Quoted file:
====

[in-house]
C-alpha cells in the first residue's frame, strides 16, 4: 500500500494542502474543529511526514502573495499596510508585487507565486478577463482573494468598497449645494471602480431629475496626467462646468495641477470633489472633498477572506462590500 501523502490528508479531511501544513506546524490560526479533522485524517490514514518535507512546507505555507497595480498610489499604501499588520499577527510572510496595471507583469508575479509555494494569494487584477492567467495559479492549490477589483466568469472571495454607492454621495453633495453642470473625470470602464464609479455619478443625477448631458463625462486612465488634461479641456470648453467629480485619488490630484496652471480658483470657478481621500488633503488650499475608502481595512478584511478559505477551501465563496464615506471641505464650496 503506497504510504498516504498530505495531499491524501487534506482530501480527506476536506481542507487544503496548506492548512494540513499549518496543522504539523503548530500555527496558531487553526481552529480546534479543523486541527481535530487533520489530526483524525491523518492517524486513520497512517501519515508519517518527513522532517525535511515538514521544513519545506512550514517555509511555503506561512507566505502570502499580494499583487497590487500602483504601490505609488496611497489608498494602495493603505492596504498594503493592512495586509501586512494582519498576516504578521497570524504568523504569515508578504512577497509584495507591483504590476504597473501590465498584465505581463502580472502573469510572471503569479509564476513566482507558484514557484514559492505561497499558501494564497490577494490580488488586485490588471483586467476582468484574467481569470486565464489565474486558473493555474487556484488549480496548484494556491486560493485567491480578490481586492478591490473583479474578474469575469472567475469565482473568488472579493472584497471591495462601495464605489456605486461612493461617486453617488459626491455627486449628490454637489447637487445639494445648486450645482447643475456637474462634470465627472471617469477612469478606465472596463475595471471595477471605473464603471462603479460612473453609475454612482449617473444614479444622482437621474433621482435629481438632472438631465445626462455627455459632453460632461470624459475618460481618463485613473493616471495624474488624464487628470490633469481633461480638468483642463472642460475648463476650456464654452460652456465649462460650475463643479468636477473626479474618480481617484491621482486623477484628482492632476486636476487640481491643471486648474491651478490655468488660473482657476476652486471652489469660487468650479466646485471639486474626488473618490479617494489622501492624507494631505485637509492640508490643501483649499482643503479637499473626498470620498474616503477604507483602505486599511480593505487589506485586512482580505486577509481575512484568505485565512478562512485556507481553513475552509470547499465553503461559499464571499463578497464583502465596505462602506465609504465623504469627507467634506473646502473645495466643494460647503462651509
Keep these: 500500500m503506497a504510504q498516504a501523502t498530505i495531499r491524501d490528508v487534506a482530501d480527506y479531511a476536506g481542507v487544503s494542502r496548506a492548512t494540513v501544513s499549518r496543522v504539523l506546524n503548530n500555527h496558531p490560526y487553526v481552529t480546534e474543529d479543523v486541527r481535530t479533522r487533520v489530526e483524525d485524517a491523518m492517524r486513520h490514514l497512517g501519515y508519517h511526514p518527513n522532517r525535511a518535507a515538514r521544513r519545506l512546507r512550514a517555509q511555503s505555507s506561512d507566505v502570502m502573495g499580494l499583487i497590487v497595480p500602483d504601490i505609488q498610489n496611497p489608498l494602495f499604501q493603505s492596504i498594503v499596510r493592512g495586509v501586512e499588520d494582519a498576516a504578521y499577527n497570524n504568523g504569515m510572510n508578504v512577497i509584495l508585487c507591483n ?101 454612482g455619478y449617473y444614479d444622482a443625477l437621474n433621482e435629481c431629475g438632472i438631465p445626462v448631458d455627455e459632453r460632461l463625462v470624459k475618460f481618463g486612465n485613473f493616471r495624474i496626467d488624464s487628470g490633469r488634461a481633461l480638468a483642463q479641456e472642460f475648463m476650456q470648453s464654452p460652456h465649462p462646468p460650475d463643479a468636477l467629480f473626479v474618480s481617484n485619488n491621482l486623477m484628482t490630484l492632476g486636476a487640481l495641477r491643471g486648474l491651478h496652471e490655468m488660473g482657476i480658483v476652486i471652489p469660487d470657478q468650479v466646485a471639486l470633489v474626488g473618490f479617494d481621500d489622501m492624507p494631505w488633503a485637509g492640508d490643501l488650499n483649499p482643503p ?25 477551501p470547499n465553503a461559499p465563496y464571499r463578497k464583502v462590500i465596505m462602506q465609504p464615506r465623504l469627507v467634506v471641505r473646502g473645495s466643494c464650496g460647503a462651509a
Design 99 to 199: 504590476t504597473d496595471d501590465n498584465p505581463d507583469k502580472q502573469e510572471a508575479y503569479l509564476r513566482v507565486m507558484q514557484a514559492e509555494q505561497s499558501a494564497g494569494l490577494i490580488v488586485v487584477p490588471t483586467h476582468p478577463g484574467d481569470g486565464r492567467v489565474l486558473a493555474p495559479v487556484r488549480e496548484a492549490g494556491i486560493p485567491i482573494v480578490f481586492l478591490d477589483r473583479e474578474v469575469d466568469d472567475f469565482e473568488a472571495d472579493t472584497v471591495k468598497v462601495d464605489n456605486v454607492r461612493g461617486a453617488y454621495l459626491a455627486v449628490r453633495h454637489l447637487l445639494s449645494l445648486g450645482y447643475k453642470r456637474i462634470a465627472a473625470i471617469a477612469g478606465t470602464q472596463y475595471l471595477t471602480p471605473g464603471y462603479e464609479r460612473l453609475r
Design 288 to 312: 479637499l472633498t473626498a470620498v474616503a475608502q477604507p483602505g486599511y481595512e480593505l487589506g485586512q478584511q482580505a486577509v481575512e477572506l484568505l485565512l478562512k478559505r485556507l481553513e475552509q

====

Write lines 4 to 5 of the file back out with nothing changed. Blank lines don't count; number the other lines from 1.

Design 99 to 199: 504590476t504597473d496595471d501590465n498584465p505581463d507583469k502580472q502573469e510572471a508575479y503569479l509564476r513566482v507565486m507558484q514557484a514559492e509555494q505561497s499558501a494564497g494569494l490577494i490580488v488586485v487584477p490588471t483586467h476582468p478577463g484574467d481569470g486565464r492567467v489565474l486558473a493555474p495559479v487556484r488549480e496548484a492549490g494556491i486560493p485567491i482573494v480578490f481586492l478591490d477589483r473583479e474578474v469575469d466568469d472567475f469565482e473568488a472571495d472579493t472584497v471591495k468598497v462601495d464605489n456605486v454607492r461612493g461617486a453617488y454621495l459626491a455627486v449628490r453633495h454637489l447637487l445639494s449645494l445648486g450645482y447643475k453642470r456637474i462634470a465627472a473625470i471617469a477612469g478606465t470602464q472596463y475595471l471595477t471602480p471605473g464603471y462603479e464609479r460612473l453609475r
Design 288 to 312: 479637499l472633498t473626498a470620498v474616503a475608502q477604507p483602505g486599511y481595512e480593505l487589506g485586512q478584511q482580505a486577509v481575512e477572506l484568505l485565512l478562512k478559505r485556507l481553513e475552509q